The disclosed spray-vacuum tool has a partitioned housing with two adjacent open faces, and defines adjacent liquid and vacuum chambers each open to both open housing faces. A pair of squeegees project beyond the open housing faces from opposite housing sides paralleling the partition and each squeegee is angled across a sharp angle corresponding to the corner angle. A pair of end guides also project beyond the open housing faces from the other interconnecting housing sides, and the squeegee ends are butted flush against the end guides. Each end guide has a flat edge to be fitted flush against one of the respective surfaces to be cleaned, and the squeegees then are flexed then against the surfaces to be cleaned. This communicates the chambers together in the region adjacent the surfaces to be cleaned, but isolates this region from the tool exterior. Nozzle means in the liquid chamber spray washing and/or rinsing liquid directly against the surfaces to be cleaned; and a source of vacuum is connected, via a hollow wand swiveled at one end to the housing, to the vacuum chamber operable to draw away the liquid spray and dirt kicked up by the spray. A brush also having the angled corner shape is supported in the liquid chamber immediately adjacent the squeegee.
A carpet cleaning apparatus consisting of a housing having a lower surface and an interior cavity. Wheels are secured adjacent to the lower surface of the housing. A conduit is secured to the housing. The conduit has a first end whereby the conduit may be coupled to a water supply and a second end with spray jets whereby fluids may be injected into a carpet. A discharge tank is secured within the interior cavity of the housing. The discharge tank has two suction ports, and two fluid inlets. Two suction conduits are provided. Each suction conduit has a first end communicating with one of the fluid inlets of the discharge tank and a second end disposed adjacent the lower surface of the housing. Two suction motors are secured in the interior cavity of the housing, each of the suction motors communicating with one of the suction inlets of the discharge tank such that a vacuum is created within the discharge tank and the suction conduits. Discharge fluids are drawn from the surface of a carpet via the suction conduits into the fluid inlets of the discharge tank.
The cleaning system has a head to which water is applied for cleaning carpets, etc. The head has a water nozzle for injecting hot water on the carpet, etc. and a vacuum inlet with vacuum hose coupled to a vacuum container. A lid having an outlet is provided for covering the top of the container. A hose is connected to the lid outlet and to a vacuum blower. A lid conduit forming the lid outlet extends through the lid with inlet openings formed through the lower portion of the outlet conduit. A chamber extends from the lower side of the lid surrounding the lower portion of the lid conduit with a bottom wall located below the lower portion of the lid conduit. A plate is connected to the bottom of the lid conduit and extends outward forming a dead space between the plate and the bottom wall of the chamber. An opening is formed through the side wall of the chamber for passage of air from the container into the chamber and to the vacuum device. The dead space is employed to keep water from passing to the vacuum blower.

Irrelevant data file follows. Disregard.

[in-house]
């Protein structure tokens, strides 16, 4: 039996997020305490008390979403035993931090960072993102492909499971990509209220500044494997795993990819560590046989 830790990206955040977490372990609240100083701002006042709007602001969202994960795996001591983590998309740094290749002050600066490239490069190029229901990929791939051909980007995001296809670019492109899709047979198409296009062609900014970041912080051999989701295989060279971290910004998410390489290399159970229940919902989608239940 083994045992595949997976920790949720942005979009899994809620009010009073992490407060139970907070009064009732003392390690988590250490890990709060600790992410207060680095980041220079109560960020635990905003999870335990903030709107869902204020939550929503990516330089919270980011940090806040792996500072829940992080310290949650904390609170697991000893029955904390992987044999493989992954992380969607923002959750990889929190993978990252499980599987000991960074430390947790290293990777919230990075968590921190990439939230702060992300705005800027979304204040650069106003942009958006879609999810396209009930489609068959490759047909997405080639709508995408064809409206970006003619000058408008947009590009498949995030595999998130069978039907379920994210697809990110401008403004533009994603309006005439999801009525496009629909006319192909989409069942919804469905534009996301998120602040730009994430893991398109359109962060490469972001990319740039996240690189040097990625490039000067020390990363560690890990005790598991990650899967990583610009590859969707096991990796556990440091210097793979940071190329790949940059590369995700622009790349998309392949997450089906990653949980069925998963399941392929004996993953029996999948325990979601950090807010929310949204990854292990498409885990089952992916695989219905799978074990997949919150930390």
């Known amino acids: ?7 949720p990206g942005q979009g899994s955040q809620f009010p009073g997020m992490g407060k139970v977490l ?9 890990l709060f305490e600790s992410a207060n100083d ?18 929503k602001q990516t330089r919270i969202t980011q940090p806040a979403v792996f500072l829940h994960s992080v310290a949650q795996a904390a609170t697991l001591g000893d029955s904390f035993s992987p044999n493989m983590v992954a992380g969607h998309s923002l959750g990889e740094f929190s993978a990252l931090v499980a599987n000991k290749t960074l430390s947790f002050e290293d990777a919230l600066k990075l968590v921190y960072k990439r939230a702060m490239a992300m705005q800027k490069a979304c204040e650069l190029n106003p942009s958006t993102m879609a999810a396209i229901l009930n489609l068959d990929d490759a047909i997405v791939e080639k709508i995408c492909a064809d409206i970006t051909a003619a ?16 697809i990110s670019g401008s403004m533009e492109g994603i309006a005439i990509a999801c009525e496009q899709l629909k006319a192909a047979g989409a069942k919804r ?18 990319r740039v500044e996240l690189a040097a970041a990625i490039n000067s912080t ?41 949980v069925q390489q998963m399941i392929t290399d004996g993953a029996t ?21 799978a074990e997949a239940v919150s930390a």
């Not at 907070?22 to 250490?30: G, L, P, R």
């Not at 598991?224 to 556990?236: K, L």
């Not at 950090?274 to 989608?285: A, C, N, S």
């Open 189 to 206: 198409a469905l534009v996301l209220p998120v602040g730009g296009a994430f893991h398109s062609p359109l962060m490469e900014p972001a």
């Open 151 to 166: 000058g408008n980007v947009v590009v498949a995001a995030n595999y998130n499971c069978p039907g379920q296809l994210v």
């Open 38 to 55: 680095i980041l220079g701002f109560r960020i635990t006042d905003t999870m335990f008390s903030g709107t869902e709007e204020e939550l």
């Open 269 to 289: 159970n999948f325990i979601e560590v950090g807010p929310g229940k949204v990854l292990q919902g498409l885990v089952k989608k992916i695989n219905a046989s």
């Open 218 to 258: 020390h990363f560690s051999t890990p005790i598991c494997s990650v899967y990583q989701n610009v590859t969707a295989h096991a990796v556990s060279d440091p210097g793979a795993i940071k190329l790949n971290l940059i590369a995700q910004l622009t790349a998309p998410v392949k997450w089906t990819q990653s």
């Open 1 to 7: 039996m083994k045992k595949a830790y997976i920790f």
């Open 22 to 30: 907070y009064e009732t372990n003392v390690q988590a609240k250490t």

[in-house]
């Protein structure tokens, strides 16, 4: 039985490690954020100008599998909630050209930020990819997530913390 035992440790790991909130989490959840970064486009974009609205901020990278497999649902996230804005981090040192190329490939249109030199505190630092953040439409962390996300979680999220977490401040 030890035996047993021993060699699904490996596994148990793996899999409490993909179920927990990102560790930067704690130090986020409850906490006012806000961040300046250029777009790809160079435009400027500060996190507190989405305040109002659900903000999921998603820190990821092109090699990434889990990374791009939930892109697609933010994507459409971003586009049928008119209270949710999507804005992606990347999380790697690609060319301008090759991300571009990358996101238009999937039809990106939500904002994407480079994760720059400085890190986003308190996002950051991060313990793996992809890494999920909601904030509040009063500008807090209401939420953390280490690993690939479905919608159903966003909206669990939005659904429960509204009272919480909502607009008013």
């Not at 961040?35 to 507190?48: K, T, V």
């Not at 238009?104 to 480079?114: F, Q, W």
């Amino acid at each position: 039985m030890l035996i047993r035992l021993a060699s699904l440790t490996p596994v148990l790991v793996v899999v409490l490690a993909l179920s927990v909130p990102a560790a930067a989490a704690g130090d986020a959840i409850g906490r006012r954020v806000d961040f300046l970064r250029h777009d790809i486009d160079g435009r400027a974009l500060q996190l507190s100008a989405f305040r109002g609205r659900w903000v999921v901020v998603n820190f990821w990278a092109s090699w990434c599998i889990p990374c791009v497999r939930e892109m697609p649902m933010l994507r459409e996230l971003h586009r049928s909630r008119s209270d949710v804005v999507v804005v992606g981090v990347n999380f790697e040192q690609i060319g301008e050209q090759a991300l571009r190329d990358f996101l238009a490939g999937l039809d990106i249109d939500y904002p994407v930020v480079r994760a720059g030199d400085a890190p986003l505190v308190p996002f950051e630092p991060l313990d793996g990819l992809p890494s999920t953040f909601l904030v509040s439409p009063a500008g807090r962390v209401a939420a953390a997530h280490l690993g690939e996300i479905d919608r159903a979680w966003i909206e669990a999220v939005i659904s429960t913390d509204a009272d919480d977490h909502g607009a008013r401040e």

A pressure washer sprays a pressurized liquid into a groove of a pavement, floor or similar surface to remove dirt and debris from the groove. The dirt and debris dissolves and/or becomes suspended in the liquid and is then removed from the pressure washer for disposal. The pressure washer includes a cleaning hood with a cover plate and a skirt that extends downward from the periphery of the cover plate to form a less than air tight seal with the surface containing the groove. A spray nozzle in a forward portion of the cover plate directs the pressurized liquid spray downward into the groove, where the liquid picks up dirt and debris to form a liquid suspension and/or solution, and preferably, rearward toward an exhaust port which removes the liquid suspension and/or solution of dirt and debris from the cleaning hood. A handle extends upward from the cleaning hood for guiding the pressure washer. The handle also carries a pressurized liquid supply line connected to the spray nozzle and a vacuum line connected to the exhaust port.
A system for cleaning carpets and other textiles utilizing an applicator wand with which a cleaning liquid is spray-applied to the carpet and with which the cleaning liquid and loosened debris are removed from the carpet under the influence of a vacuum created by a vacuum pump. The applicator wand includes an operator-controlled aerator valve through which air can be introduced into the flow of cleaning liquid routed to the dispensing nozzles of the wand to thereby permit an operator to readily adjust the condition of the liquid being applied to the carpet between an aerated and a non-aerated condition. In addition, the applicator wand utilizes a flow restrictor valve to limit the strength of the vacuum generated at the lower edges of the wand at an amount acceptable to pull a substantial amount of liquid from the carpet while preventing the creation of an undesirable seal between the lower edges of the wand and the carpet. In addition, a dryer attachment for use with the vacuum of the system utilizes a rotatable brush for disturbing the fibers of the carpet as the attachment is moved there across, an air-powered turbine for rotating the brush, and a blower and air-heating components for introducing heated air over the fibers of the carpet being disturbed by the brush.